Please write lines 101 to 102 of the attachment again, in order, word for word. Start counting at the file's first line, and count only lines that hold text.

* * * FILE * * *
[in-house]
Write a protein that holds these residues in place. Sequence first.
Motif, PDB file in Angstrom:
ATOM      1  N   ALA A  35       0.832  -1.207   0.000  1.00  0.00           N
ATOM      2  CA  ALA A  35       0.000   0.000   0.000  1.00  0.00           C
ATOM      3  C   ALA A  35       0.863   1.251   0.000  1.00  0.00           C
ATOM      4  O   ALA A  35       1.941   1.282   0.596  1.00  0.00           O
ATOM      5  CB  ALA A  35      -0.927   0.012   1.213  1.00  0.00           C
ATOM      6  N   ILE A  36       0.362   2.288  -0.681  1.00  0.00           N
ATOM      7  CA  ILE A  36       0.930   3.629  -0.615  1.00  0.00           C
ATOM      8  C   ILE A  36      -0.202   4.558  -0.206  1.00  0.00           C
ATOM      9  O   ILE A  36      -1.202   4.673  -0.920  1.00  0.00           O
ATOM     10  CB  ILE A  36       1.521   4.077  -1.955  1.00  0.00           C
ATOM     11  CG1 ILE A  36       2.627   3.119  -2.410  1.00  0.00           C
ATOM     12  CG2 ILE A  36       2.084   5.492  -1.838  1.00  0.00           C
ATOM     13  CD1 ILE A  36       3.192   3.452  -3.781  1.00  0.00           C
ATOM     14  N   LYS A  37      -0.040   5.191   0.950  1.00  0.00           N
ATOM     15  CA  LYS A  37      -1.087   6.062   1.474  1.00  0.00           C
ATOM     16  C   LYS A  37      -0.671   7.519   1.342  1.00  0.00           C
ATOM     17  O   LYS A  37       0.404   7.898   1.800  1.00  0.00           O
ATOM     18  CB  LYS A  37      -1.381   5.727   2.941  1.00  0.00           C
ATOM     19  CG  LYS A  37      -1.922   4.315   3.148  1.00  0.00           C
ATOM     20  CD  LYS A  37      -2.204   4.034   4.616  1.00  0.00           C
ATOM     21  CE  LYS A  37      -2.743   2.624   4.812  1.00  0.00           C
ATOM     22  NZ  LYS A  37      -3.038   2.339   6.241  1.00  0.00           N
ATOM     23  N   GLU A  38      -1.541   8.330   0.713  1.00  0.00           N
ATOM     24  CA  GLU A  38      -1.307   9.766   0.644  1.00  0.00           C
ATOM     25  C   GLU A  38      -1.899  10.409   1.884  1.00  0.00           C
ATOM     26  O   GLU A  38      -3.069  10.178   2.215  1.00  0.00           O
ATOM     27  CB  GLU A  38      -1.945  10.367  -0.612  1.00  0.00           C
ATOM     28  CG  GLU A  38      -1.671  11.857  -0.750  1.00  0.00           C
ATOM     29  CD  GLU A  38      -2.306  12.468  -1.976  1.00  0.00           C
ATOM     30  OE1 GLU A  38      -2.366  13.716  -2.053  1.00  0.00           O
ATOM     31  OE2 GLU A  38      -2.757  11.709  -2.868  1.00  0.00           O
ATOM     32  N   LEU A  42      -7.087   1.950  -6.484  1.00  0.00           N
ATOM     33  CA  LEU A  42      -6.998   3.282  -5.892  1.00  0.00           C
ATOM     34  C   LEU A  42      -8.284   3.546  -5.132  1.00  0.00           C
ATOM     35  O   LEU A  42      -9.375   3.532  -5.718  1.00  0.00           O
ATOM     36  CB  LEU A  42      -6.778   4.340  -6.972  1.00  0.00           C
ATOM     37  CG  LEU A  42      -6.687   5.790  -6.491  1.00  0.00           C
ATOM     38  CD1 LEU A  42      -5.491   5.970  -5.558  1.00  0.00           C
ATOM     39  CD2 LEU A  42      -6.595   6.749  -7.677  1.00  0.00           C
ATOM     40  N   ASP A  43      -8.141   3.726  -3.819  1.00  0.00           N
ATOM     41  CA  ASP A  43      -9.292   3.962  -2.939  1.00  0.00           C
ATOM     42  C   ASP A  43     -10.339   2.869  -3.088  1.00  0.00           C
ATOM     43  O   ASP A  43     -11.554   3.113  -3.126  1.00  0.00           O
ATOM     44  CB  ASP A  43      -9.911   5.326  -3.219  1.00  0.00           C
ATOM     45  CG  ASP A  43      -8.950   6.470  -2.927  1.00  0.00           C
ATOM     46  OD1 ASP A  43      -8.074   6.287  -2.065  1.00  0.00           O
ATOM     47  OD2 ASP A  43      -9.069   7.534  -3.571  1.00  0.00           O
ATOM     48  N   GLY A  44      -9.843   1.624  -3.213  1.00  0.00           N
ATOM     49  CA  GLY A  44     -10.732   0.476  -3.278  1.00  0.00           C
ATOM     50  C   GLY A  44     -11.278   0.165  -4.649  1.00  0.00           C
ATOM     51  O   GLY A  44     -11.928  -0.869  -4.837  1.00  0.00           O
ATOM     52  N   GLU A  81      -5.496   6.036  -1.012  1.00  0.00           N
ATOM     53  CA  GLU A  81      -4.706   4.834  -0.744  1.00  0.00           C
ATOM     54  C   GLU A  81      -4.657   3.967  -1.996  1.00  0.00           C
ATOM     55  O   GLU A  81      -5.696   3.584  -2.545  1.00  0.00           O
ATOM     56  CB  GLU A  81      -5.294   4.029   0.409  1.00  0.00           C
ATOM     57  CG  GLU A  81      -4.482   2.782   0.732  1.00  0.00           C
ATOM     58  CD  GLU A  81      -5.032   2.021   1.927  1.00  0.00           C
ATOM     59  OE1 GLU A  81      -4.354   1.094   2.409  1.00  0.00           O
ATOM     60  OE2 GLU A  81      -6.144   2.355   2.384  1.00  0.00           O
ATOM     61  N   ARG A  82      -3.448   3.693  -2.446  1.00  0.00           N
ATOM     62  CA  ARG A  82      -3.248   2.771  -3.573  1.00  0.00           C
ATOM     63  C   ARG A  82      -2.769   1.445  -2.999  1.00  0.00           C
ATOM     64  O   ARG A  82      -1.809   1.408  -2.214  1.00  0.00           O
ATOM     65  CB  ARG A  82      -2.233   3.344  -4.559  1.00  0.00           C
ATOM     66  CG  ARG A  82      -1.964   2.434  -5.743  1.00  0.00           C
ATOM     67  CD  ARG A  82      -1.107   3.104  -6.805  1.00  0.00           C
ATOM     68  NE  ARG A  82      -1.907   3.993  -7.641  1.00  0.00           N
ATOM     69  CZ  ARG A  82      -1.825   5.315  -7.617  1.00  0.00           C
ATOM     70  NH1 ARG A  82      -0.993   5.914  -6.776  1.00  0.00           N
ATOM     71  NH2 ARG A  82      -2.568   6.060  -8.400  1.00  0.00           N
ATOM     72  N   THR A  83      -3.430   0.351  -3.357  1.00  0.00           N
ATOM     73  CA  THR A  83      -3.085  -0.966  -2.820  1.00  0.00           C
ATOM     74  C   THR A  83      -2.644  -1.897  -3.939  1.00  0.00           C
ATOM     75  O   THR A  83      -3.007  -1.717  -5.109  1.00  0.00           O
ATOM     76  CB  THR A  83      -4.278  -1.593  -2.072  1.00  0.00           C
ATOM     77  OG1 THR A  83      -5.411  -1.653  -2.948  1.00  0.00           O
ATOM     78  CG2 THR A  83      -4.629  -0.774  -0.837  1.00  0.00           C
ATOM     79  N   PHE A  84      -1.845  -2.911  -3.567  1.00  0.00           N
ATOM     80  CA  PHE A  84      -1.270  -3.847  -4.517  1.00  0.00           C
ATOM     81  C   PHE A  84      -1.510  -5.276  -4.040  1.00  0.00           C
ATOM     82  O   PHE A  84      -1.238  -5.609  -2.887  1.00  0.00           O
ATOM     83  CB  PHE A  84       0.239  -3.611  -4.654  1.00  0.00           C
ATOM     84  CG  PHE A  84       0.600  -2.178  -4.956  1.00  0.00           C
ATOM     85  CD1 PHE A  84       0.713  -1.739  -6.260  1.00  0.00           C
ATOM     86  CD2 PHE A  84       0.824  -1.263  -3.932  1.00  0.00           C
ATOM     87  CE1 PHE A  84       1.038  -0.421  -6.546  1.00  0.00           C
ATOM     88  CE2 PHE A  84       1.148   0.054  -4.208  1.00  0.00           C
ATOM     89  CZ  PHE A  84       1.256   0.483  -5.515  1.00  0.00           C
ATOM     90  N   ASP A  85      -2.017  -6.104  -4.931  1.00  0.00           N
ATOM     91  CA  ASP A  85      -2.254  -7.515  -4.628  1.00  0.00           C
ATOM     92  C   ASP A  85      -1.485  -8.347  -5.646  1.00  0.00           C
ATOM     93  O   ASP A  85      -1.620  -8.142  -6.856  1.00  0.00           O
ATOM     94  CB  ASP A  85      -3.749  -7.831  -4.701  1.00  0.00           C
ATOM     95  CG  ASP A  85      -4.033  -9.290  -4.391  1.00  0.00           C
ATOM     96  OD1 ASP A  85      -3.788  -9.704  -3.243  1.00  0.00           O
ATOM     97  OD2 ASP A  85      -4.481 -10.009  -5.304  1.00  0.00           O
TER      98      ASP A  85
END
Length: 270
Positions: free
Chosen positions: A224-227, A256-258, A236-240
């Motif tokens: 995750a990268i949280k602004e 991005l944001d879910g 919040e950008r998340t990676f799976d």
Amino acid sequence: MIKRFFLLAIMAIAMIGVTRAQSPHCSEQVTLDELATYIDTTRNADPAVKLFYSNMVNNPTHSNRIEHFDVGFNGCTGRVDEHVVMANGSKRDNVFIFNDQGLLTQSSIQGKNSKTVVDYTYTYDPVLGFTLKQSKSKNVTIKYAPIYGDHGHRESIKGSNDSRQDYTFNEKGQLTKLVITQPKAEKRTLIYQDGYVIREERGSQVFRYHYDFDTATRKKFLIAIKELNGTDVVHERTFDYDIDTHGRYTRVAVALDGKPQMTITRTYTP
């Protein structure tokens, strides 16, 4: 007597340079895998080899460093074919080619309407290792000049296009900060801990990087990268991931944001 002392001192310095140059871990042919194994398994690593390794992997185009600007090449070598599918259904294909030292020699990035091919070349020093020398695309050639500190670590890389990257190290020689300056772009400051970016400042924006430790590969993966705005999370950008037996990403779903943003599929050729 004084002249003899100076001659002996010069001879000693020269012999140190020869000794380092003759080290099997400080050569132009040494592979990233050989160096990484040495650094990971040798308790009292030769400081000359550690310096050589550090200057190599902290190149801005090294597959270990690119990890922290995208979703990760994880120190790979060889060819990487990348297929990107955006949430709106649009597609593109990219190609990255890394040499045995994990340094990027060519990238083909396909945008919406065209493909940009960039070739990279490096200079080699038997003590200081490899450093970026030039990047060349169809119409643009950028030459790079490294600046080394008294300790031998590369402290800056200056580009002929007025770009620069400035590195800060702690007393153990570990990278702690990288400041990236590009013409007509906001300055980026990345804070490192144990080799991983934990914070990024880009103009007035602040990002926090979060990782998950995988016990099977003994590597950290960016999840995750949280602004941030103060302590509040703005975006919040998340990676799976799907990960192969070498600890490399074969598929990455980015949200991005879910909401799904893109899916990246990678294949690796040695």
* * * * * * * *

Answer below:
TER      98      ASP A  85
END